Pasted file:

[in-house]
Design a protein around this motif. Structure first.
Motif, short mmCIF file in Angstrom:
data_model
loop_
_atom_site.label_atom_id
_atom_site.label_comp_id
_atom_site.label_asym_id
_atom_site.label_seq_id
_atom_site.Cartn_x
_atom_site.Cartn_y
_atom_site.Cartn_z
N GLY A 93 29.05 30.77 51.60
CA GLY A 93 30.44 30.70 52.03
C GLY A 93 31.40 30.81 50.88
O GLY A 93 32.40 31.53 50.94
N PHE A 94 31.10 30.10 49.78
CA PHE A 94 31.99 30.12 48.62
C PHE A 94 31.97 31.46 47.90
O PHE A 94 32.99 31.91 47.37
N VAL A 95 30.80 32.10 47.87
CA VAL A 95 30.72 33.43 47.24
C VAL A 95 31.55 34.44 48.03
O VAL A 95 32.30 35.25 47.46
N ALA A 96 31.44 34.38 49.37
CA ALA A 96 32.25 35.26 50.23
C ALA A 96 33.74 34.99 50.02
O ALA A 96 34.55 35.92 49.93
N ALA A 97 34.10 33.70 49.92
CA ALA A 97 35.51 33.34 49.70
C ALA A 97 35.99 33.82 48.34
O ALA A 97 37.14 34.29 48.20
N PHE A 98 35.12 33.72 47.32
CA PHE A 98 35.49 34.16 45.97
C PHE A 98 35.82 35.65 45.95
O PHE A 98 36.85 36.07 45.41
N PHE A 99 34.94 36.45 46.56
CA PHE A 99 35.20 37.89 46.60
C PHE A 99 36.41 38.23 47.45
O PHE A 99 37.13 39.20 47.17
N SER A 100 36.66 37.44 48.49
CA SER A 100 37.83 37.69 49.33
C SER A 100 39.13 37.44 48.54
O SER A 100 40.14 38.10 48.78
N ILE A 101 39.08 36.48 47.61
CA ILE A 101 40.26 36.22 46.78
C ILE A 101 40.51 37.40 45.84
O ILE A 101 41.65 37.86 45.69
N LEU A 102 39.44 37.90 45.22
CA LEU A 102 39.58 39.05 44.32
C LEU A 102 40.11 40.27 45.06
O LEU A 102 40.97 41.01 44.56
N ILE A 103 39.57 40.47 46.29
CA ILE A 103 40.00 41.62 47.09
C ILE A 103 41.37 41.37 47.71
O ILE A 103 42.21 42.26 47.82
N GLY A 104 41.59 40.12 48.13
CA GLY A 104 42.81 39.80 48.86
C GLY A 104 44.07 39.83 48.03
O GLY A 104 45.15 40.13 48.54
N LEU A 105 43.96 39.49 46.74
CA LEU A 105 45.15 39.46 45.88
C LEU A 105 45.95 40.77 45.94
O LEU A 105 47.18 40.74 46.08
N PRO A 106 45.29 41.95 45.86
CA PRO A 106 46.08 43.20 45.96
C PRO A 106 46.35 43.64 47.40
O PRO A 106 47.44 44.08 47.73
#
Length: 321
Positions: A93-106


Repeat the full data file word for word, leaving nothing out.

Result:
[in-house]
Design a protein around this motif. Structure first.
Motif, short mmCIF file in Angstrom:
data_model
loop_
_atom_site.label_atom_id
_atom_site.label_comp_id
_atom_site.label_asym_id
_atom_site.label_seq_id
_atom_site.Cartn_x
_atom_site.Cartn_y
_atom_site.Cartn_z
N GLY A 93 29.05 30.77 51.60
CA GLY A 93 30.44 30.70 52.03
C GLY A 93 31.40 30.81 50.88
O GLY A 93 32.40 31.53 50.94
N PHE A 94 31.10 30.10 49.78
CA PHE A 94 31.99 30.12 48.62
C PHE A 94 31.97 31.46 47.90
O PHE A 94 32.99 31.91 47.37
N VAL A 95 30.80 32.10 47.87
CA VAL A 95 30.72 33.43 47.24
C VAL A 95 31.55 34.44 48.03
O VAL A 95 32.30 35.25 47.46
N ALA A 96 31.44 34.38 49.37
CA ALA A 96 32.25 35.26 50.23
C ALA A 96 33.74 34.99 50.02
O ALA A 96 34.55 35.92 49.93
N ALA A 97 34.10 33.70 49.92
CA ALA A 97 35.51 33.34 49.70
C ALA A 97 35.99 33.82 48.34
O ALA A 97 37.14 34.29 48.20
N PHE A 98 35.12 33.72 47.32
CA PHE A 98 35.49 34.16 45.97
C PHE A 98 35.82 35.65 45.95
O PHE A 98 36.85 36.07 45.41
N PHE A 99 34.94 36.45 46.56
CA PHE A 99 35.20 37.89 46.60
C PHE A 99 36.41 38.23 47.45
O PHE A 99 37.13 39.20 47.17
N SER A 100 36.66 37.44 48.49
CA SER A 100 37.83 37.69 49.33
C SER A 100 39.13 37.44 48.54
O SER A 100 40.14 38.10 48.78
N ILE A 101 39.08 36.48 47.61
CA ILE A 101 40.26 36.22 46.78
C ILE A 101 40.51 37.40 45.84
O ILE A 101 41.65 37.86 45.69
N LEU A 102 39.44 37.90 45.22
CA LEU A 102 39.58 39.05 44.32
C LEU A 102 40.11 40.27 45.06
O LEU A 102 40.97 41.01 44.56
N ILE A 103 39.57 40.47 46.29
CA ILE A 103 40.00 41.62 47.09
C ILE A 103 41.37 41.37 47.71
O ILE A 103 42.21 42.26 47.82
N GLY A 104 41.59 40.12 48.13
CA GLY A 104 42.81 39.80 48.86
C GLY A 104 44.07 39.83 48.03
O GLY A 104 45.15 40.13 48.54
N LEU A 105 43.96 39.49 46.74
CA LEU A 105 45.15 39.46 45.88
C LEU A 105 45.95 40.77 45.94
O LEU A 105 47.18 40.74 46.08
N PRO A 106 45.29 41.95 45.86
CA PRO A 106 46.08 43.20 45.96
C PRO A 106 46.35 43.64 47.40
O PRO A 106 47.44 44.08 47.73
#
Length: 321
Positions: A93-106